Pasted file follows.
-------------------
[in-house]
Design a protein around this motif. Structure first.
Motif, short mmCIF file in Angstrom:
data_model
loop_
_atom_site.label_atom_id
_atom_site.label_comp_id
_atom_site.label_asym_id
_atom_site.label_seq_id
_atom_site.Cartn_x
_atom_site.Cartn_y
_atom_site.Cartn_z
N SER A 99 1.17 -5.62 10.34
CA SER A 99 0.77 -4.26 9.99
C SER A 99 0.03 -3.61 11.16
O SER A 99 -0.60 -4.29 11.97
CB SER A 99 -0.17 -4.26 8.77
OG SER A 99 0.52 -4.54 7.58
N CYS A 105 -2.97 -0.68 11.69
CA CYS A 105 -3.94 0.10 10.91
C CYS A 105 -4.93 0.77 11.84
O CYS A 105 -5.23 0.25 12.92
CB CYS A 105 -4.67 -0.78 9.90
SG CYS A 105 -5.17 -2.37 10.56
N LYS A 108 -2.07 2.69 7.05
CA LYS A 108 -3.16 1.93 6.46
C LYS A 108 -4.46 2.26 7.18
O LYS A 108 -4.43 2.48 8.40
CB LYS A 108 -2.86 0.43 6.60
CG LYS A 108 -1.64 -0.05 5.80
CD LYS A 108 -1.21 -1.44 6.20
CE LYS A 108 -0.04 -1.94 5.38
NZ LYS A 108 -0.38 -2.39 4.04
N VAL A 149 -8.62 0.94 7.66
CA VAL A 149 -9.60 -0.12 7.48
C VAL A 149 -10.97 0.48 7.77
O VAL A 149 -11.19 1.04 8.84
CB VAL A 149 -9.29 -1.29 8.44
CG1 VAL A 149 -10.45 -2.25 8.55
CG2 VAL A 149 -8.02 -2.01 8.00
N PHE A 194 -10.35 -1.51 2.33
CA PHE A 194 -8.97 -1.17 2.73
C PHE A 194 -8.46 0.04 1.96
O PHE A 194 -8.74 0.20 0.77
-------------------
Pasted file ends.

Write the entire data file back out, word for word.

[in-house]
Design a protein around this motif. Structure first.
Motif, short mmCIF file in Angstrom:
data_model
loop_
_atom_site.label_atom_id
_atom_site.label_comp_id
_atom_site.label_asym_id
_atom_site.label_seq_id
_atom_site.Cartn_x
_atom_site.Cartn_y
_atom_site.Cartn_z
N SER A 99 1.17 -5.62 10.34
CA SER A 99 0.77 -4.26 9.99
C SER A 99 0.03 -3.61 11.16
O SER A 99 -0.60 -4.29 11.97
CB SER A 99 -0.17 -4.26 8.77
OG SER A 99 0.52 -4.54 7.58
N CYS A 105 -2.97 -0.68 11.69
CA CYS A 105 -3.94 0.10 10.91
C CYS A 105 -4.93 0.77 11.84
O CYS A 105 -5.23 0.25 12.92
CB CYS A 105 -4.67 -0.78 9.90
SG CYS A 105 -5.17 -2.37 10.56
N LYS A 108 -2.07 2.69 7.05
CA LYS A 108 -3.16 1.93 6.46
C LYS A 108 -4.46 2.26 7.18
O LYS A 108 -4.43 2.48 8.40
CB LYS A 108 -2.86 0.43 6.60
CG LYS A 108 -1.64 -0.05 5.80
CD LYS A 108 -1.21 -1.44 6.20
CE LYS A 108 -0.04 -1.94 5.38
NZ LYS A 108 -0.38 -2.39 4.04
N VAL A 149 -8.62 0.94 7.66
CA VAL A 149 -9.60 -0.12 7.48
C VAL A 149 -10.97 0.48 7.77
O VAL A 149 -11.19 1.04 8.84
CB VAL A 149 -9.29 -1.29 8.44
CG1 VAL A 149 -10.45 -2.25 8.55
CG2 VAL A 149 -8.02 -2.01 8.00
N PHE A 194 -10.35 -1.51 2.33
CA PHE A 194 -8.97 -1.17 2.73
C PHE A 194 -8.46 0.04 1.96
O PHE A 194 -8.74 0.20 0.77